Now it’s the evening; Gnat is watching a movie to wind up the day. It’s been busy. When I picked her up from school she said she’d learned about Pompeii, and wanted to talk about it. So we sat outside and talked about Pompeii. She said there was a famous man who watched it happen and wrote about it but didn’t live.


Yeah, Pliny.

You live your whole life never realizing that hearing your child say “yeah, Pliny” makes you happy in ways you couldn’t predict. I got out one of my giant books about Pompeii, and we looked at all the pictures. She was fascinated. I showed her a picture I took when I visited Pompeii, which was AMAZING: you were there? But it still didn’t compare to Tuesday’s after-school special; she said they’d learned about the Titanic.

Really? What did you learn?

Mostly the high points of the legend. She said “there was a rich guy who put on his suit and said ‘I am going to die like a gentleman.’” That would be Benjamin Guggenheim. She followed this by noting “most of the poor people died, because they were in the bottom of the ship. I said that a lot of poor people did die, but it was also important to remember people like Mr. Guggenheim and Mr. Astor and Mr. and Mrs. Straus, who were very rich but died as well. (I didn’t mention Major Butt, because she’s seven and that would have dispelled the moment.) She processed this, then said “so they weren’t rich people like <ThurstonHowell voice> do what I say, because I am rich </ThurstonHowell voice>” No. That was Billy Zane.


Well, it’s a long story.

There’s a movie you know.

Indeed; I have it. I have both of them.

You do? She wanted to see them, but I warned her they might give her nightmares. I suggested watching a real-life story.

Is it a documentary? I mean is it a man sitting in an office saying <plummy academic voice> the Titanic was the biggest ship in the world </plummy academic voice> I burst out laughing. She'd even made pretentious hand gestures to accompany the pretentious voice.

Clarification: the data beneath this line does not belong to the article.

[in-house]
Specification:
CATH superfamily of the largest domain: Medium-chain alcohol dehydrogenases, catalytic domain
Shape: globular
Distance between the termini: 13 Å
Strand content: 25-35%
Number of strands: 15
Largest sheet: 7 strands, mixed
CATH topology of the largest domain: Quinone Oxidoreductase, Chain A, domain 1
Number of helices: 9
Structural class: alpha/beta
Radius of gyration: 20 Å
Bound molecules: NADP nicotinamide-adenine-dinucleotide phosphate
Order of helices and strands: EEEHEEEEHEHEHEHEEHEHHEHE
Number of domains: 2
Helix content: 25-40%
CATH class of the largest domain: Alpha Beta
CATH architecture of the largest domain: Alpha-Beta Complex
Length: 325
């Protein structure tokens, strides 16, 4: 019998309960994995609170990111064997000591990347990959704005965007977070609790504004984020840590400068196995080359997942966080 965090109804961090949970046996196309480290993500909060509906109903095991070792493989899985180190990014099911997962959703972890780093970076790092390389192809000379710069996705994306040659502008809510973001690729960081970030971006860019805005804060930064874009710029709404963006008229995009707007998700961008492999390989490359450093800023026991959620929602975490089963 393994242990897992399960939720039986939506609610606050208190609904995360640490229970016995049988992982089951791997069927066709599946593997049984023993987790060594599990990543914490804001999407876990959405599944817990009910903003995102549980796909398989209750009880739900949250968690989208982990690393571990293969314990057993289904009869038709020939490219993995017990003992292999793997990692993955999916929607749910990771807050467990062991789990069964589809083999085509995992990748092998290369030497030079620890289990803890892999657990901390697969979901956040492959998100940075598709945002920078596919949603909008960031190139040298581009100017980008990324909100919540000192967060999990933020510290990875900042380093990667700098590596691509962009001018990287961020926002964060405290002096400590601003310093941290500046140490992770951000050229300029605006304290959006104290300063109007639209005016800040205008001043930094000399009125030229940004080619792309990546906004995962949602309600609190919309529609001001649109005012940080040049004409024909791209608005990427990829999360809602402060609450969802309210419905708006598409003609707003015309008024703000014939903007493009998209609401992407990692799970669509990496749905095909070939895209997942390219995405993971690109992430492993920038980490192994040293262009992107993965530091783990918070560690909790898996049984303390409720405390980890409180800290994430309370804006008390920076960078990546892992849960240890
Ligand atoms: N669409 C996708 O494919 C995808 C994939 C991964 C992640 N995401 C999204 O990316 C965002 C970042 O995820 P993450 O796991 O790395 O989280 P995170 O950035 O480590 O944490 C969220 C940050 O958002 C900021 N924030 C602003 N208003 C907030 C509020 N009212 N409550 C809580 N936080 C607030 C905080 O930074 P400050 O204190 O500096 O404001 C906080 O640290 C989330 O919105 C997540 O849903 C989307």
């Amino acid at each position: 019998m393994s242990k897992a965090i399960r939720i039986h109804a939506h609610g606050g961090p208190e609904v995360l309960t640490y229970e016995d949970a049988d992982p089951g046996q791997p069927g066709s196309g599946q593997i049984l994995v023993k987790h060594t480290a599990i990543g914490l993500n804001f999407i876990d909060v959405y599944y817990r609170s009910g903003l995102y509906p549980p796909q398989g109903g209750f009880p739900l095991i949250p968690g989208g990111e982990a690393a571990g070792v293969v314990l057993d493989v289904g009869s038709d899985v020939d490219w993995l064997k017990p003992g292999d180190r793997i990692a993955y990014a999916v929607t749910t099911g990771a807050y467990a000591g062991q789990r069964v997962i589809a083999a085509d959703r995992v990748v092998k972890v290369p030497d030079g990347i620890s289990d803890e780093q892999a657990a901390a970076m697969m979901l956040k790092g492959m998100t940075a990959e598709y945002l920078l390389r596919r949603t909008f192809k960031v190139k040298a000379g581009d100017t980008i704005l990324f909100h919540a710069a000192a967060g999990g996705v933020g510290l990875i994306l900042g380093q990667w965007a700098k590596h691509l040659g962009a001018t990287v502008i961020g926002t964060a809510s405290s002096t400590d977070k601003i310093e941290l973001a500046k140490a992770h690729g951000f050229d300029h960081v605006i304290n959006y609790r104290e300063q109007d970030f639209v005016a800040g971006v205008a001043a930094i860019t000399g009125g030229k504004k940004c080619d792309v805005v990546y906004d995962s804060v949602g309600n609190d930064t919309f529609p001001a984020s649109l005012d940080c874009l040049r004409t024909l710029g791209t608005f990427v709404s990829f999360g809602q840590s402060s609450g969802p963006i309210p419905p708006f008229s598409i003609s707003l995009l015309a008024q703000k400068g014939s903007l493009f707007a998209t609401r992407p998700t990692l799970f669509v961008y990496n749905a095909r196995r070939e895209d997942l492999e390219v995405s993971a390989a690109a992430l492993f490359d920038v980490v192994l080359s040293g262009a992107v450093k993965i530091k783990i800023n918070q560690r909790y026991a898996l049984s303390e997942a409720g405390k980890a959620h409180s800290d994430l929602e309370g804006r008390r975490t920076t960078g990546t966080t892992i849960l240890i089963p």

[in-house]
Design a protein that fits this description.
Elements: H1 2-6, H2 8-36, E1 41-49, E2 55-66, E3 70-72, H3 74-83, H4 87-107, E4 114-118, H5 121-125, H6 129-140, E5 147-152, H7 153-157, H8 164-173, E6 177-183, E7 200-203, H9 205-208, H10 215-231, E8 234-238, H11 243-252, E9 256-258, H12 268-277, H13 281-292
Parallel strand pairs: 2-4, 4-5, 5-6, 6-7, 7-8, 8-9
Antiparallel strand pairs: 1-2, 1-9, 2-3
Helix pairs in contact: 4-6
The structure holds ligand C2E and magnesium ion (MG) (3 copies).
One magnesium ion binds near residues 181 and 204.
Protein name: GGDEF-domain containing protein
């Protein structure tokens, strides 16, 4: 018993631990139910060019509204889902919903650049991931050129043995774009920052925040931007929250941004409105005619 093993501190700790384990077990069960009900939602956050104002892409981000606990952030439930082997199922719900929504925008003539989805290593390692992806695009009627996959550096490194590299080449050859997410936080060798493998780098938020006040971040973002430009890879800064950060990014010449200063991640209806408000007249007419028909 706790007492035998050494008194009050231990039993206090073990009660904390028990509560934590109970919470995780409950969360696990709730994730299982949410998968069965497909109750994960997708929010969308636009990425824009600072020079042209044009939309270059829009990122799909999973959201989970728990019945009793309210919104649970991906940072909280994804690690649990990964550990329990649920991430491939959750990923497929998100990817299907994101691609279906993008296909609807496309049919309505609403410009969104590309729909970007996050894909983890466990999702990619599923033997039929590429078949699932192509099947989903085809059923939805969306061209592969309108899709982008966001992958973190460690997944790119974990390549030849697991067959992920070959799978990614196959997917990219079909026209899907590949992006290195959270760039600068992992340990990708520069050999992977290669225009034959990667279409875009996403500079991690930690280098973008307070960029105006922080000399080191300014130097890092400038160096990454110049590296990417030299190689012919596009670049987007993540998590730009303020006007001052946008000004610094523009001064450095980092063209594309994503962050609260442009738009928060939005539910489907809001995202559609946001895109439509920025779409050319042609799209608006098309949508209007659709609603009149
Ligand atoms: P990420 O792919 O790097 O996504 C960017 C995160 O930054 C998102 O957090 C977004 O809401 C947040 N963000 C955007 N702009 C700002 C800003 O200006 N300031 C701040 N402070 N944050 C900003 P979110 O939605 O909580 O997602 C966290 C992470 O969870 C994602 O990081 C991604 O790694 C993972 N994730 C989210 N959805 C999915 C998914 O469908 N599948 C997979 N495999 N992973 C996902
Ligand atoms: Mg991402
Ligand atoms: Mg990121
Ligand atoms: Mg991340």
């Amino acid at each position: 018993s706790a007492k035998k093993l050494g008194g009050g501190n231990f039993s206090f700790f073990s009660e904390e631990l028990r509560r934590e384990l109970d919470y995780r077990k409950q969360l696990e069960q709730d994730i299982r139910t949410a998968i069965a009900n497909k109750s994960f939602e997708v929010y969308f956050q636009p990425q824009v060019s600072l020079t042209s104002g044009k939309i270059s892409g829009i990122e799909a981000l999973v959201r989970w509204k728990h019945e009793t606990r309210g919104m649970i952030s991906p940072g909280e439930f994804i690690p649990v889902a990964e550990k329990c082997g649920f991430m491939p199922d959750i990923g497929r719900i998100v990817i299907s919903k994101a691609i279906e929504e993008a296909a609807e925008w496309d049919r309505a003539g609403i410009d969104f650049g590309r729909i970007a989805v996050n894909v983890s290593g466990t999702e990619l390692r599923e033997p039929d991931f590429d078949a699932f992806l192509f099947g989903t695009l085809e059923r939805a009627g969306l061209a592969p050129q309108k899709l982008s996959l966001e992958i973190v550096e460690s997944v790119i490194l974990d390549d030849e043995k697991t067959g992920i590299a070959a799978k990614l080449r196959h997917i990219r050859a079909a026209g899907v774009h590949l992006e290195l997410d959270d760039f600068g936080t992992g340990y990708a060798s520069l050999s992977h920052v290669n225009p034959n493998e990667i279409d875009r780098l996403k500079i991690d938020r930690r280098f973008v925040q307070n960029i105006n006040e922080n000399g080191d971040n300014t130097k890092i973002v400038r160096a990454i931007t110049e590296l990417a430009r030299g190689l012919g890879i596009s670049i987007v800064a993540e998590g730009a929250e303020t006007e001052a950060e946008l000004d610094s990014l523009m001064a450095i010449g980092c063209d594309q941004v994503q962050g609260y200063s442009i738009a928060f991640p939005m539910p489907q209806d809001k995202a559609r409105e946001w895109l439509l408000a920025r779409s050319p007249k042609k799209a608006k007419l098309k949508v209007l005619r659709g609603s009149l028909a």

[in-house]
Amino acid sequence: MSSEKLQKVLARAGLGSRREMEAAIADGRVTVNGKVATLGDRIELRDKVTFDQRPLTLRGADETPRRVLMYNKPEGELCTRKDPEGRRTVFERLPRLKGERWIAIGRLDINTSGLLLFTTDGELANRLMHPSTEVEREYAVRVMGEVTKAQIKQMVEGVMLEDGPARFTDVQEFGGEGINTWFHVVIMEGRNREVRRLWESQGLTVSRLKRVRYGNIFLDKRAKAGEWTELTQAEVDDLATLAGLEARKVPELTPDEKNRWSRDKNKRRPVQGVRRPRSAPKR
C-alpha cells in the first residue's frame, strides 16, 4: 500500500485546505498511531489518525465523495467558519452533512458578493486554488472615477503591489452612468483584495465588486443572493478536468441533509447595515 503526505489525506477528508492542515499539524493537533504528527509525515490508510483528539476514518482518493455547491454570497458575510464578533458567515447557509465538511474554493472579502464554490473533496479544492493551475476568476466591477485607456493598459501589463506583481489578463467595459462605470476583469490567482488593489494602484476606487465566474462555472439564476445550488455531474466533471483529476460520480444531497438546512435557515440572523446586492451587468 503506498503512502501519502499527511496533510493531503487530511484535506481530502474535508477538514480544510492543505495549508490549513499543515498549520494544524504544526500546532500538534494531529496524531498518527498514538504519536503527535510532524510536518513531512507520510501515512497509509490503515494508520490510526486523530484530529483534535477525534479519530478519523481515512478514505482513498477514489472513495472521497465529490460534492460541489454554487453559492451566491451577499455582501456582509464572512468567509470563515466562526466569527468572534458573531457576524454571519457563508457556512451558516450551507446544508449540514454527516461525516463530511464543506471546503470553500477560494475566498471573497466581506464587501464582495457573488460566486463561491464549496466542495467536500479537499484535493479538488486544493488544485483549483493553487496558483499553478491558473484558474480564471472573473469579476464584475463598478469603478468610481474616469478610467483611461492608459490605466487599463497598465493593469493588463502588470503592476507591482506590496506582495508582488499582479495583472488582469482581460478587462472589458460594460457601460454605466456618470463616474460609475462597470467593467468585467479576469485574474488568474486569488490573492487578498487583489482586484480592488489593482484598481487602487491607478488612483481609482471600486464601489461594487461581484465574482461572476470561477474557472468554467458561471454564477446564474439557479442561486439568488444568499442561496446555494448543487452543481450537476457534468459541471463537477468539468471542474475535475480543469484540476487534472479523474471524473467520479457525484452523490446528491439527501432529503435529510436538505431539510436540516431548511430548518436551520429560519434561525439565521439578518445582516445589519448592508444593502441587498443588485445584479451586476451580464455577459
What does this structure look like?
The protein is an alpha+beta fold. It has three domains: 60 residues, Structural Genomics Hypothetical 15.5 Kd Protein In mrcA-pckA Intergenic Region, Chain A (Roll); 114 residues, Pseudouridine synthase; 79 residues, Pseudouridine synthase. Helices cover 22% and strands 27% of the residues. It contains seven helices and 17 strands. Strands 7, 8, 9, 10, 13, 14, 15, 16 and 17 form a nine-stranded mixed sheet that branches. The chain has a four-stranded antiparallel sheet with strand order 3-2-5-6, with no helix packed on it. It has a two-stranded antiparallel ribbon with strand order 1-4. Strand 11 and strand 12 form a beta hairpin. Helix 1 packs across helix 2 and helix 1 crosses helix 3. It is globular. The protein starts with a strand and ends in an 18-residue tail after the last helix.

I got out Ghosts of the Abyss and we snuggled on the sofa and watched an hour of the Real Thing. I was pleased to note she differentiated between the types of footage – “that’s real.” “That’s computer.” “That’s old.” For a show-closer, I let her look at my Real Titanic Coal. Wow. It’s like learning about the moon landing and then dad pulls out a rock from the Sea of Tranquility.

(Note: you can get the coal on eBay for a double sawbuck, I you’re so inclined.)

Pompeii, Titanic – it’s a stroke of luck she’s become interested in things I’m almost keen on, and it’s amusing that I’m able to provide some items that put me into the story. Oh how I hope she gets interested in Star Trek some day, and I can casually note that I met them. “Who?” “The crew of the Enterprise.” “Which ones?” “Well, all of them.”  It’s easy to impress a seven-year-old, of course. 

There will be a buzz.mn note in the morning, and perhaps an open thread – much to the dismay of a poster who made an anonymous jibe re Thursday's open thread: what does this have to do with local communities? I can see why no one at the Star Tribune wants to have anything to do with your kitty-litter box. Who in heaven’s name feels compelled to complain that a particular thread posted on the moderator’s vacation day isn’t a “community” thread?

No fresh Diner, but here are two hours from Sept. 18, 1997. See you Monday with a big new Screedblog-enabled site, and have a grand weekend.